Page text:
Command Bunker Kemmel

Kemmelberg bunker

Useful Information

Location: Lettingstraat 64, 8950 Dorp Heuvelland.
First get your tickets at the center of Kemmel village, the rout to the bunker will be explained.
Open: 02-JAN to 14-FEB Sat 10-17, last entry 16.
15-FEB to 15-NOV Tue, Sat 10-17, last entry 16.
16-NOV to 24-DEC Sat 10-17, last entry 16.
All year Thu for schools after appointment.
Fee: Adults EUR 4, Children (8-25) EUR 1,50, Children (0-7) free, Belgian Military free.
Groups (20+): Adults EUR 2,50, Teachers free, Guides free.
Classification: SubterraneaSecret Bunkers
Light: LightIncandescent Electric Light System
Dimension: Ar= 2.500 m².
Guided tours:
Address: Command Bunker Kemmel, Lettingstraat 64, Heuvelland, 8951, Belgium.
VVV Heuvelland, Polenlaan, 1, B-8956 Kemmel, Tel: +32-57450-455, Fax: +32-57448-999. E-mail:
As far as we know this information was accurate when it was published (see years in brackets), but may have changed since then.
Please check rates and details directly with the companies in question if you need more recent info.


1950s bunker built as a Command Center.
1960s transformed into the headquarters of the Belgian Armed Forces.


In the countryside of West Flanders, in a nondesript forrest near Temmel lies what some dubbed Belgium’s Area 51, because of the secrecy. However, there are no aliens and the secrecy is typical for a bunker of the Cold War era. This bunker was a cold war command center, built in the fifties at the border to France, top secret, and today open to the public.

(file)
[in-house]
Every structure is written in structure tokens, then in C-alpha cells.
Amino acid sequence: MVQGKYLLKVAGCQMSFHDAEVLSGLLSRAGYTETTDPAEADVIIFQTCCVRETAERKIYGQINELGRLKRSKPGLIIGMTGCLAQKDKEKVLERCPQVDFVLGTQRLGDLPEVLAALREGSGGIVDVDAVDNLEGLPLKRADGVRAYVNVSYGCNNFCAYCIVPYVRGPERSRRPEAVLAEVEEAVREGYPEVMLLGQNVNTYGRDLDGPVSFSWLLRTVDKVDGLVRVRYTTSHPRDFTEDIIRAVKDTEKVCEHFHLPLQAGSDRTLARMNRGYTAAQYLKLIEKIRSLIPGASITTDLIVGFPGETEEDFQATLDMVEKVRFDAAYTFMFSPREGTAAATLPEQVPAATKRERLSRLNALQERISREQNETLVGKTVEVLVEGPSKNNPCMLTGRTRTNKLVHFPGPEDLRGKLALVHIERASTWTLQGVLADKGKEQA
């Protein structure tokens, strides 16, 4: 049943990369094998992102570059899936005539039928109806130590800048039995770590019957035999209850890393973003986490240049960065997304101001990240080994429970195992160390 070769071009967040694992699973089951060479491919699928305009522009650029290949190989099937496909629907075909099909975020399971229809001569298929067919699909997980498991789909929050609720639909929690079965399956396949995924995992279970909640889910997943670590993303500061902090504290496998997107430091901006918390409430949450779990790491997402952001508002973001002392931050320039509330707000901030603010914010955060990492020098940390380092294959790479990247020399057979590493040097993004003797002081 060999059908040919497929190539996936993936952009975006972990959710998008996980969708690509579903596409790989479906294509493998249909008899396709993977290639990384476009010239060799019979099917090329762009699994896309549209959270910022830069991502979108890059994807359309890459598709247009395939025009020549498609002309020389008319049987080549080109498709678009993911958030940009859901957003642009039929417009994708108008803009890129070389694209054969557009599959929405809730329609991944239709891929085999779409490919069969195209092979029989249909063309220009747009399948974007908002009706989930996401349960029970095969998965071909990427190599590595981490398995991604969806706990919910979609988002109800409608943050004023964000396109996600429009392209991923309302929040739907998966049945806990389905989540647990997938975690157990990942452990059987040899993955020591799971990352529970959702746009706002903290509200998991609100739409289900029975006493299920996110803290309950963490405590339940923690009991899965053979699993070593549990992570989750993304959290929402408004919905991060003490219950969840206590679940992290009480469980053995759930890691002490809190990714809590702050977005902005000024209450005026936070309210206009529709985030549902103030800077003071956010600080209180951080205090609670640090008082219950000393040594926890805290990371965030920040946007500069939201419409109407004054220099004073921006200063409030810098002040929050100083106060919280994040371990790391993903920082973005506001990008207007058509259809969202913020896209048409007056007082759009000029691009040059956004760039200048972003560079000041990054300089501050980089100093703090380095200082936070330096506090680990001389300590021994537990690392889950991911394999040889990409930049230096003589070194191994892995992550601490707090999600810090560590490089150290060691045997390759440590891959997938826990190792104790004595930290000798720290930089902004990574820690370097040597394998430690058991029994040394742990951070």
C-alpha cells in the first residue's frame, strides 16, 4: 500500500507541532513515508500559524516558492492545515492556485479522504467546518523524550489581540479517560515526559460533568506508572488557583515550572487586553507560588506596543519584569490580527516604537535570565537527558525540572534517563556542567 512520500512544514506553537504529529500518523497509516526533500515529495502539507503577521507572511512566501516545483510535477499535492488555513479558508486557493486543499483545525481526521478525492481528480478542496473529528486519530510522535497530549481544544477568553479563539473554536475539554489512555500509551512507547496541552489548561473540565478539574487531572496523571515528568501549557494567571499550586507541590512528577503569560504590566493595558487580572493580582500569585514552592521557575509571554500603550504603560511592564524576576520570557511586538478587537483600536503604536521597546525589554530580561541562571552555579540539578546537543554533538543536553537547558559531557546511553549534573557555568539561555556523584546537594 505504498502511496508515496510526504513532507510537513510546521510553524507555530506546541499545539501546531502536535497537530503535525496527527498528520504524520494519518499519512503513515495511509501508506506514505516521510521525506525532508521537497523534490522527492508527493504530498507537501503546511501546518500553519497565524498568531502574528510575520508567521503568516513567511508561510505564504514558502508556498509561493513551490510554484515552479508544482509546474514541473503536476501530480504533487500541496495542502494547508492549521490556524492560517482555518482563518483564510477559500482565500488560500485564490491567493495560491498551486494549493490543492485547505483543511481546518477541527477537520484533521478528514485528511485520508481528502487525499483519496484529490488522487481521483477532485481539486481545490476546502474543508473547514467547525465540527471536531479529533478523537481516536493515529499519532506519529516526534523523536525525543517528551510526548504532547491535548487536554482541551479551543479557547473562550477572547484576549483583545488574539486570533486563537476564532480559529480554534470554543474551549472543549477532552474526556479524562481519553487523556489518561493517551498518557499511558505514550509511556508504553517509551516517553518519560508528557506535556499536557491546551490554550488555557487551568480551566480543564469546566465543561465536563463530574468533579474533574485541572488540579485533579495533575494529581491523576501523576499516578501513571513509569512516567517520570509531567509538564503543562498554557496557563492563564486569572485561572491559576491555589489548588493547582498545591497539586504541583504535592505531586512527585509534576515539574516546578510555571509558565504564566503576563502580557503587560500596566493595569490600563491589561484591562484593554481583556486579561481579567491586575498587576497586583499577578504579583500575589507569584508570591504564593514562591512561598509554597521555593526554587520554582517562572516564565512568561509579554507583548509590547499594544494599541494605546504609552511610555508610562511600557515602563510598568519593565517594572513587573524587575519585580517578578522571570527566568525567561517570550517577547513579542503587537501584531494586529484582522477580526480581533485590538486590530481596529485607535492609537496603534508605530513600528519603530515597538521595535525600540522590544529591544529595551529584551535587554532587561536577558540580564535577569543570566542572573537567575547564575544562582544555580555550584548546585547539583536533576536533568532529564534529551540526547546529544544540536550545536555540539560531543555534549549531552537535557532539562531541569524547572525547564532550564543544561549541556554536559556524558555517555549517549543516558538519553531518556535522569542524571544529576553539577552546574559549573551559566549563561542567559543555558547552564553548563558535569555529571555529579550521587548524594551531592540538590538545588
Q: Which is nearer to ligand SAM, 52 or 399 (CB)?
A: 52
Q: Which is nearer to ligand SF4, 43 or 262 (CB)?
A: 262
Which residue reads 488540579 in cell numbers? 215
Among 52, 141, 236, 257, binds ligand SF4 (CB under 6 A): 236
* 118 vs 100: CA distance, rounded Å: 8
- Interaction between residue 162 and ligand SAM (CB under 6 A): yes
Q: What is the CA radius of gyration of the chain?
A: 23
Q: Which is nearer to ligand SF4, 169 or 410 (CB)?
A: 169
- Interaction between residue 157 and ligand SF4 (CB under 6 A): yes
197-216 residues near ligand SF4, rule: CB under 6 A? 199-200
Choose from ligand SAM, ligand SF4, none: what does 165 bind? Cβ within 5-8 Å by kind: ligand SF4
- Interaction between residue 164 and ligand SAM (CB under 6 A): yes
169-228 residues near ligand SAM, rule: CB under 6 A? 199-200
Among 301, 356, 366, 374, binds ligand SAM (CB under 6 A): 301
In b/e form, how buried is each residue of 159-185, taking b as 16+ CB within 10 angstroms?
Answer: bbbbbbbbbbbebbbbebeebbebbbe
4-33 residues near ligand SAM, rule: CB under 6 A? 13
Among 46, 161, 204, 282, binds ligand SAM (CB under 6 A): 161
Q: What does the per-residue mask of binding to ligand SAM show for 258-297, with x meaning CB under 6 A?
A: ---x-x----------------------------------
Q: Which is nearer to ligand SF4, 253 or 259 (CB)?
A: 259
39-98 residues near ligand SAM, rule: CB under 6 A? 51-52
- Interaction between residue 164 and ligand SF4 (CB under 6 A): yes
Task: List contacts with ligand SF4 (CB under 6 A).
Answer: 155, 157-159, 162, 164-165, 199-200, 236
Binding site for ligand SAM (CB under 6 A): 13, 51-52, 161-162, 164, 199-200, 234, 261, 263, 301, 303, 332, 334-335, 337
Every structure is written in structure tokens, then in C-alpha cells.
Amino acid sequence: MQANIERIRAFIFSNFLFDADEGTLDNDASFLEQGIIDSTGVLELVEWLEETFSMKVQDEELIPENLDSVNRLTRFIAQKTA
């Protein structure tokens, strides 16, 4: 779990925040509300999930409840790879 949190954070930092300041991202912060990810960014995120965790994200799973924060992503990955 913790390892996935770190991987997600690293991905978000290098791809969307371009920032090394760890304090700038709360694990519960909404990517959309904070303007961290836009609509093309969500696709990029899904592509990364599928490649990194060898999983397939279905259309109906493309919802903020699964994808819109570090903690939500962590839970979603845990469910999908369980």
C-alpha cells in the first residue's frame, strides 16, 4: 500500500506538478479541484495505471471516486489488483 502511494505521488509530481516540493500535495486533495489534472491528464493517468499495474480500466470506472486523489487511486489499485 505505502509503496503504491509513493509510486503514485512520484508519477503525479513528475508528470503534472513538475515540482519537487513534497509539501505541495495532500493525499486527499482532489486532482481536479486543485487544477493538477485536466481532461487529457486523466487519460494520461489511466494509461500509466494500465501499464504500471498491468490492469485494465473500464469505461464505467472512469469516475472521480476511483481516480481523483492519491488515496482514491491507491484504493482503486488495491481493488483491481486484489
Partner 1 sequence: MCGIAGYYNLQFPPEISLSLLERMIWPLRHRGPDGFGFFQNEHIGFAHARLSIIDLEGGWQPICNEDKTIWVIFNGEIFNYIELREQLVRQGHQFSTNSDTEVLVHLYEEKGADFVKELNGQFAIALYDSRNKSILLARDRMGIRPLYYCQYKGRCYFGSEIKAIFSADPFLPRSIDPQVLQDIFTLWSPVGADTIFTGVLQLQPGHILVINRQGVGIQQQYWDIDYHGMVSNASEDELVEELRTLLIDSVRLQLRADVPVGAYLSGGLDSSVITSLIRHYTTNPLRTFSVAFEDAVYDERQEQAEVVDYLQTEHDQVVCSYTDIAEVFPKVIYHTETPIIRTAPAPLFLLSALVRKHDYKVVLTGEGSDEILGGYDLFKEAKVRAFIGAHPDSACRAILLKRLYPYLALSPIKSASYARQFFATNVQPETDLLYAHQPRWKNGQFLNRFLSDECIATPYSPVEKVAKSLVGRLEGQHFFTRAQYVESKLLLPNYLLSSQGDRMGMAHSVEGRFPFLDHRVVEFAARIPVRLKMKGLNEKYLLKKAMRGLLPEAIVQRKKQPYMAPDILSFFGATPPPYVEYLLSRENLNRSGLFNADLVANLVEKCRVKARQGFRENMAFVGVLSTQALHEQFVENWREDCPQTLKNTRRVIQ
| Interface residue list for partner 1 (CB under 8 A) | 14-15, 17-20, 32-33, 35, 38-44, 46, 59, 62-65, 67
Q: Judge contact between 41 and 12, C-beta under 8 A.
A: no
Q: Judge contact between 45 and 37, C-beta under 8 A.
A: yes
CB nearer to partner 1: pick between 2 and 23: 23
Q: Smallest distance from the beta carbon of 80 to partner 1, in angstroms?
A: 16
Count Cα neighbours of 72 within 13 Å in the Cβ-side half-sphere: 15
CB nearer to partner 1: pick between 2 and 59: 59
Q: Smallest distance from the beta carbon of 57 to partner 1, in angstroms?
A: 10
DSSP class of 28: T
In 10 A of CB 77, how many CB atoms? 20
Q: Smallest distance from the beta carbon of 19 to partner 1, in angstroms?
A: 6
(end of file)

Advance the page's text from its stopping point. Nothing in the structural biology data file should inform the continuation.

The Command Bunker Kemmel is an external site of the Royal Museum of the Armed Forces and of Military History in Bussels. It was built in the early fifties as a command centre for the air defence of five countries, the so-called Benelux countries Belgium, Luxemburg and the Netherlands, plus France and Great Britain. But almost at the same time the North-Atlantic Treaty Organisation (NATO) created an integrated air defence system, and so the bunker was osolete before it was finished. So it was transformed into the headquarters of the Belgian Armed Forces in the sixties. It would have been used during a conflict, which actually never happened. After the Cold War it became obsolete.

The site was handed over to the museum, who preserved it perfectly, as a memento to half a century of tension between the East and the West. Beneath the original furnishing and equipment, there is an exhibition of pictures, movies, objects, uniforms and equipment from the Cold War.